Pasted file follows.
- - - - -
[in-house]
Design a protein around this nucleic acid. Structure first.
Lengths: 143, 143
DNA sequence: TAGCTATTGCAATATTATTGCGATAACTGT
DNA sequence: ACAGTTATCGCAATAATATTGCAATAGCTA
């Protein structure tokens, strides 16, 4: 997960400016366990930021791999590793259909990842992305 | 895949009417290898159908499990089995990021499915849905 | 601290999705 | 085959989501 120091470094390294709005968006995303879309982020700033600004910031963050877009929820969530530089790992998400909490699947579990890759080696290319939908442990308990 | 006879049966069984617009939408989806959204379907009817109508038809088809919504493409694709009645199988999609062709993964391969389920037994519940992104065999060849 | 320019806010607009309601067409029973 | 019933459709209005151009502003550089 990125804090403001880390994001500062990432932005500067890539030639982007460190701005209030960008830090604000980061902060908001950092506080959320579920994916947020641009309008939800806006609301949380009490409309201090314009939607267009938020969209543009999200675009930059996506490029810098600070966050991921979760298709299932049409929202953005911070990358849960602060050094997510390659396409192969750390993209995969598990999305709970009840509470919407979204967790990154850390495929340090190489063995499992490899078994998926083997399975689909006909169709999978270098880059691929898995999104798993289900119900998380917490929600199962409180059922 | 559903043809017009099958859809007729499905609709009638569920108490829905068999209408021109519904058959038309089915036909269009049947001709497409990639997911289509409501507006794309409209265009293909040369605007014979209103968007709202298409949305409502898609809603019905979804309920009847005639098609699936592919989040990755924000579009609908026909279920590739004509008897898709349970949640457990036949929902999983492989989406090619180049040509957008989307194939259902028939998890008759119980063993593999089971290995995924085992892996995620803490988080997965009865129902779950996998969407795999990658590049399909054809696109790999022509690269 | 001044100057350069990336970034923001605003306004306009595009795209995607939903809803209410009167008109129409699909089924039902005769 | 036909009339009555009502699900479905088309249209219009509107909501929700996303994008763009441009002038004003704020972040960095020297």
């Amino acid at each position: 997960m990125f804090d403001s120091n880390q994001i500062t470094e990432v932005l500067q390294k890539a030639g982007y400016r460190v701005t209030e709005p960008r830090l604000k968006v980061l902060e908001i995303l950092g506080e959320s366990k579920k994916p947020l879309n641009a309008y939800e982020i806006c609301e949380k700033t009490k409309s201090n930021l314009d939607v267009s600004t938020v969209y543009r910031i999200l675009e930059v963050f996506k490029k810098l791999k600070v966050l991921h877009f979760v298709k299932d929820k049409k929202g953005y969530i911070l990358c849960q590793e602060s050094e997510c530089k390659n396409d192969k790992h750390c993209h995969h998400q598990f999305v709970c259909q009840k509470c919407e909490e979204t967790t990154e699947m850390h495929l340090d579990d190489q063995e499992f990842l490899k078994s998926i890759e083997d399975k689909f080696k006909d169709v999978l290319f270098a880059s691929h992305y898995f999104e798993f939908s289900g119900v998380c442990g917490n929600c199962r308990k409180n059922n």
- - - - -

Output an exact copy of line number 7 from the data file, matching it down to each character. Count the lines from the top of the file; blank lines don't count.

């Amino acid at each position: 997960m990125f804090d403001s120091n880390q994001i500062t470094e990432v932005l500067q390294k890539a030639g982007y400016r460190v701005t209030e709005p960008r830090l604000k968006v980061l902060e908001i995303l950092g506080e959320s366990k579920k994916p947020l879309n641009a309008y939800e982020i806006c609301e949380k700033t009490k409309s201090n930021l314009d939607v267009s600004t938020v969209y543009r910031i999200l675009e930059v963050f996506k490029k810098l791999k600070v966050l991921h877009f979760v298709k299932d929820k049409k929202g953005y969530i911070l990358c849960q590793e602060s050094e997510c530089k390659n396409d192969k790992h750390c993209h995969h998400q598990f999305v709970c259909q009840k509470c919407e909490e979204t967790t990154e699947m850390h495929l340090d579990d190489q063995e499992f990842l490899k078994s998926i890759e083997d399975k689909f080696k006909d169709v999978l290319f270098a880059s691929h992305y898995f999104e798993f939908s289900g119900v998380c442990g917490n929600c199962r308990k409180n059922n």